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I'm trying to build a dynamically grown array of strings. Neither the number of strings nor the length of each string is known at compile time. Here's the code I came up with so far (this is just me playing with the syntax):

char **result = NULL;
char *temp = NULL;
result = (char **)realloc (result,sizeof(char *) * 1);
temp= (char *)realloc(temp,5 * sizeof(char));

strcat(temp,"hello");


temp= (char *)realloc(temp,10 * sizeof(char));

strcat(temp," world");

printf ("%s \n", temp);
result[0]=temp;
free(temp);
printf ("%s \n", result[0]);

result = (char **)realloc (result, sizeof(char *) * 2);
temp= (char *)realloc(temp,10 * sizeof(char));
strcat(temp,"0123456789");

temp= (char *)realloc(temp,15 * sizeof(char));
strcat(temp,"asdfg");

printf ("%s \n", temp);
result[1]=temp;
free(temp);
printf ("%s \n", result[0]);
printf ("%s \n", result[1]);)

Now, when I print result[0] or result[1], its just an empty string, why doesn't result[1]=temp; work?

Here's what I tried earlier, but it didn't work, I kept getting "invalid size" errors when using realloc() on that last line:

char **result = NULL;
result = (char **)realloc (result,sizeof(char *) * 1);
result[0]= (char *)realloc(result[0],5 * sizeof(char));

strcat(result[0],"hello");
printf ("%s \n", result[0]);

result[0]= (char *)realloc(result[0],10 * sizeof(char));

strcat(result[0]," world");
printf ("%s \n", result[0]);

result = (char **)realloc (result, sizeof(char *) * 2);
result[1]= (char *)realloc(result[1],10 * sizeof(char));
strcat(result[0],"0123456789");

result[0]= (char *)realloc(result[1],15 * sizeof(char));
strcat(result[0],"asdfg");

If anybody could help me get either version working, I would be very grateful.

UPDATE: Ok, I got both versions of the code working. Now when I try to use this same format in my actual program, I get errors such as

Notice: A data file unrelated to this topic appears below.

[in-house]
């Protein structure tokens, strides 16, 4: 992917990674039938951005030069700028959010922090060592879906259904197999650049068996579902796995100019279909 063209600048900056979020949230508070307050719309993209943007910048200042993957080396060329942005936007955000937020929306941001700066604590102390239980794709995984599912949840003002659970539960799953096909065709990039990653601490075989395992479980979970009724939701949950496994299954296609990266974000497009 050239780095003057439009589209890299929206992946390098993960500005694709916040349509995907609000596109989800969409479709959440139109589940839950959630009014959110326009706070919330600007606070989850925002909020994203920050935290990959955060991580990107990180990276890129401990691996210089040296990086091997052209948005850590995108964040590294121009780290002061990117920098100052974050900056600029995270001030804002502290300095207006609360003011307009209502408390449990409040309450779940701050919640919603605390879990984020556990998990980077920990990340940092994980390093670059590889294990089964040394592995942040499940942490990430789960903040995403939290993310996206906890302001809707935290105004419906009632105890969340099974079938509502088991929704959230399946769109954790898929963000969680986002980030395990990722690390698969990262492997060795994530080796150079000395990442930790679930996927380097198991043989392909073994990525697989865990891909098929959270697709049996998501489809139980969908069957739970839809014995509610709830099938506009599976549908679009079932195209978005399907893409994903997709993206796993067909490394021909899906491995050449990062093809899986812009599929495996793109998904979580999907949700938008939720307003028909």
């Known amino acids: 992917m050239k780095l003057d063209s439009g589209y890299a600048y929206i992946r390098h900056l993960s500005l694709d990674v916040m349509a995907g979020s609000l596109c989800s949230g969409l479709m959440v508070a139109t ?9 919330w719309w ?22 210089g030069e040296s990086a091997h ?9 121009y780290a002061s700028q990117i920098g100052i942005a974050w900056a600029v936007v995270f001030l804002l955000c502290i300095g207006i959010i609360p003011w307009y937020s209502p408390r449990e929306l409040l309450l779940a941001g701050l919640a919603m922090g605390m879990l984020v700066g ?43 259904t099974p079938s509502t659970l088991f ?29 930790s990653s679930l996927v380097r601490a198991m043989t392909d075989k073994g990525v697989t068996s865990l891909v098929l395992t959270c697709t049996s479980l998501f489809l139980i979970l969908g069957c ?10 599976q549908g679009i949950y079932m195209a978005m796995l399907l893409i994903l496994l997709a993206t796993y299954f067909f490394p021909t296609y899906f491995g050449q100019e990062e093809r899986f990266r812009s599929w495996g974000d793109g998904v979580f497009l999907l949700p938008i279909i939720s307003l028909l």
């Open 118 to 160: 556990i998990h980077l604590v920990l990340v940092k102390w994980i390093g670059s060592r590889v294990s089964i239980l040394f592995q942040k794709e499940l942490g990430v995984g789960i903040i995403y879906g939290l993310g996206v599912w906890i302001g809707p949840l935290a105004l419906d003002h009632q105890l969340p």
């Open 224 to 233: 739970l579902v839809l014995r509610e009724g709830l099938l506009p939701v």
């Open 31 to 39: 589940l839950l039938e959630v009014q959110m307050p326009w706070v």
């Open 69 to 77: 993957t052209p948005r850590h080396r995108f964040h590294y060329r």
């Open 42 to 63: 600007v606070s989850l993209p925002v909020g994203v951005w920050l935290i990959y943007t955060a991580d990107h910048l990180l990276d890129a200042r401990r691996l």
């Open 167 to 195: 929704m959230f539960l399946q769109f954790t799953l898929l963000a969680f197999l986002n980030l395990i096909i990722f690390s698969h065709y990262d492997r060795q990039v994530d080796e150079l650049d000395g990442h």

*** glibc detected *** ./uvicfmt3: realloc(): invalid next size: 0x08ed3170 ***

Now in my program, the "result" is declared as a global variable (using the second version of my code), and the realloc functions are called in different subroutines. Is that what's causing the problem? How could I get around this?

share|improve this question
    
The only function for the casts is code obfuscation. Make sure you have #include <stdlib.h> and get rid of the casts. If you're compiling with a C++ compiler, try to write C++ in the 1st place ;) –  pmg Nov 30 '11 at 15:01
    
that error realloc(): invalid next size - really, any error from *alloc besides "out of memory" - is a sign. It means you've probably corrupted the heap, overwriting the data structures that *alloc uses to keep track of the location and size of free blocks. When you see that error, start looking for invalid array writes, double frees, and stuff like that. –  japreiss Nov 30 '11 at 16:30
    
"hello" takes 6 bytes (5 for hello + 1 for terminating ASCII NUL), "hello world" takes 12 bytes. –  ninjalj Nov 30 '11 at 19:00

2 Answers 2

The following statement makes both result[0] and temp point to the same memory address:

result[0]=temp;

Having performed the above assignment, you then free(temp) and try to access result[0]:

free(temp);
printf ("%s \n", result[0]);

This is undefined behaviour, since you're accessing the memory that's just been deallocated.

The same goes for the identical code you have for result[1].

share|improve this answer
  • In the first example you are using a string after freeing it
  • In the second example you are strcating to unallocated memory (plus the uneducated realloc(result[0] makes no sense)

You could try this:

char **result = NULL;
result = realloc(result, sizeof(char *) * 1);

result[0] = strdup("hello");

/* ... */

result = realloc(result, sizeof(char *) * 2);
result[1] = strdup(" world");

Now strdup isn't standard but it's not hard to steal it / fake it. Here's one attempt:

char *strdup2(const char *str)
{
    size_t len;
    char *rval = NULL;

    len = strlen(str);        /* We should probably check this. */
    rval = malloc(len + 1);   /* And this. */

    memcpy(rval, str, len);
    rval[len] = 0;

    return rval;
}

EDIT

I was under the (possibly wrong) impression you want to later modify the strings. If that is not the case, simply storing them (without strdup) is adequate:

result[0] = "hello";
share|improve this answer
    
Could you please explain why strdup is necessary in this case? –  user1073407 Nov 30 '11 at 14:50
    
@user1073407 It's only necessary if you plan to modify the strings. Otherwise it's perfectly legitimate to simply store the literals. –  cnicutar Nov 30 '11 at 18:17

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